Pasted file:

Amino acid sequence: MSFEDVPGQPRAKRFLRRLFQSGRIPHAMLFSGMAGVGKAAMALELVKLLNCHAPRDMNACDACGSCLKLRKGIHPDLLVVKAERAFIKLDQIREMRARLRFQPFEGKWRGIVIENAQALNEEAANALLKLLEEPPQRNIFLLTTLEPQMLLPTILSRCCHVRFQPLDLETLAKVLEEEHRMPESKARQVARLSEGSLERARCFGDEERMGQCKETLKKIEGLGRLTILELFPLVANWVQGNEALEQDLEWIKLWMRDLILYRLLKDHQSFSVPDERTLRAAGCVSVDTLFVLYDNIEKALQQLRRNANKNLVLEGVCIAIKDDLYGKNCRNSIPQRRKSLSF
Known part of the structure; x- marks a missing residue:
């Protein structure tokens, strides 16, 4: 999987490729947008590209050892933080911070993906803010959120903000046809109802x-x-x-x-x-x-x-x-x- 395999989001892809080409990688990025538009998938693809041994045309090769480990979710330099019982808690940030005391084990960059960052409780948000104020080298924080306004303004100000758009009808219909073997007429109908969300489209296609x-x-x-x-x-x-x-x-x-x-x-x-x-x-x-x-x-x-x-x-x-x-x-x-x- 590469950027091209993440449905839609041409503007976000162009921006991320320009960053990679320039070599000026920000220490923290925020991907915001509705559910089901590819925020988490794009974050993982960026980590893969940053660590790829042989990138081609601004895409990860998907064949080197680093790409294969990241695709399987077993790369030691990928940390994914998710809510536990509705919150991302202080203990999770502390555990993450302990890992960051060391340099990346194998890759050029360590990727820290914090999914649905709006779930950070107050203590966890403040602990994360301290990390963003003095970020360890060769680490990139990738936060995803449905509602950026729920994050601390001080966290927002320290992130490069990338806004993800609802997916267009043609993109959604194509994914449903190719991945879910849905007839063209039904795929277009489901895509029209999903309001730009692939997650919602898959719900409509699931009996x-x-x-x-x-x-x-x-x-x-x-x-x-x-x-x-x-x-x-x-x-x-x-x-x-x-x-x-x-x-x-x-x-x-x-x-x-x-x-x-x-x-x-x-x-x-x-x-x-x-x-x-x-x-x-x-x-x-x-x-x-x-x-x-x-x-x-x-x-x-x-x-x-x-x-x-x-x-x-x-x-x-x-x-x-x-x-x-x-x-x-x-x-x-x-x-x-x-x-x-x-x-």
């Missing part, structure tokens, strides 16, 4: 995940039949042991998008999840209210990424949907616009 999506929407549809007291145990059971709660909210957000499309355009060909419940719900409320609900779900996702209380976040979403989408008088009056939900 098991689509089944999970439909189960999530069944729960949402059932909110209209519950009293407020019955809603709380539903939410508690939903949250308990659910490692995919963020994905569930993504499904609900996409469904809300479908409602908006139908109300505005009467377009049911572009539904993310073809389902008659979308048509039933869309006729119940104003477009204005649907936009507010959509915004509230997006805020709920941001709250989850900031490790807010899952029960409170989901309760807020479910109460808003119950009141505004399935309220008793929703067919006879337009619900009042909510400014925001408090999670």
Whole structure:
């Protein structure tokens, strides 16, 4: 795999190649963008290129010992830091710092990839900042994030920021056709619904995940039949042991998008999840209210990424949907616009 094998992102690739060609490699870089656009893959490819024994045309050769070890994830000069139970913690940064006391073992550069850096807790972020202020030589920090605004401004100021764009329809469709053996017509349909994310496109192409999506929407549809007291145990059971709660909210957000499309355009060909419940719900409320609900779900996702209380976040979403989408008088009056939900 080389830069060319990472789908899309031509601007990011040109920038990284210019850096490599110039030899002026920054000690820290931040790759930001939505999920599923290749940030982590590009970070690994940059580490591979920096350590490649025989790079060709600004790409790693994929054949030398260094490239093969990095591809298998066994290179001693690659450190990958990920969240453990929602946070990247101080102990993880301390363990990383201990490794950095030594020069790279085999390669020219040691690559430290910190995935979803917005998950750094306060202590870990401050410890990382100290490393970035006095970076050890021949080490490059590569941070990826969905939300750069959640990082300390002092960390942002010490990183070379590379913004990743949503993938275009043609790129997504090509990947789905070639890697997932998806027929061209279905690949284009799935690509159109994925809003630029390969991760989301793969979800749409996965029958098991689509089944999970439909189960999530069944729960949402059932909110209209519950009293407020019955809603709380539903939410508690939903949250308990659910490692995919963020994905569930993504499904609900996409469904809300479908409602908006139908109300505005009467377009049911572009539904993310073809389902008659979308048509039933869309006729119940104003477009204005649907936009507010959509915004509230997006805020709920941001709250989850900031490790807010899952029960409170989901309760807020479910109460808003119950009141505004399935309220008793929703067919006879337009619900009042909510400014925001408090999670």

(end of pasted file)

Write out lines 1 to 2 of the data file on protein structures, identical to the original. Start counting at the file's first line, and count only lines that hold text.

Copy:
Amino acid sequence: MSFEDVPGQPRAKRFLRRLFQSGRIPHAMLFSGMAGVGKAAMALELVKLLNCHAPRDMNACDACGSCLKLRKGIHPDLLVVKAERAFIKLDQIREMRARLRFQPFEGKWRGIVIENAQALNEEAANALLKLLEEPPQRNIFLLTTLEPQMLLPTILSRCCHVRFQPLDLETLAKVLEEEHRMPESKARQVARLSEGSLERARCFGDEERMGQCKETLKKIEGLGRLTILELFPLVANWVQGNEALEQDLEWIKLWMRDLILYRLLKDHQSFSVPDERTLRAAGCVSVDTLFVLYDNIEKALQQLRRNANKNLVLEGVCIAIKDDLYGKNCRNSIPQRRKSLSF
Known part of the structure; x- marks a missing residue: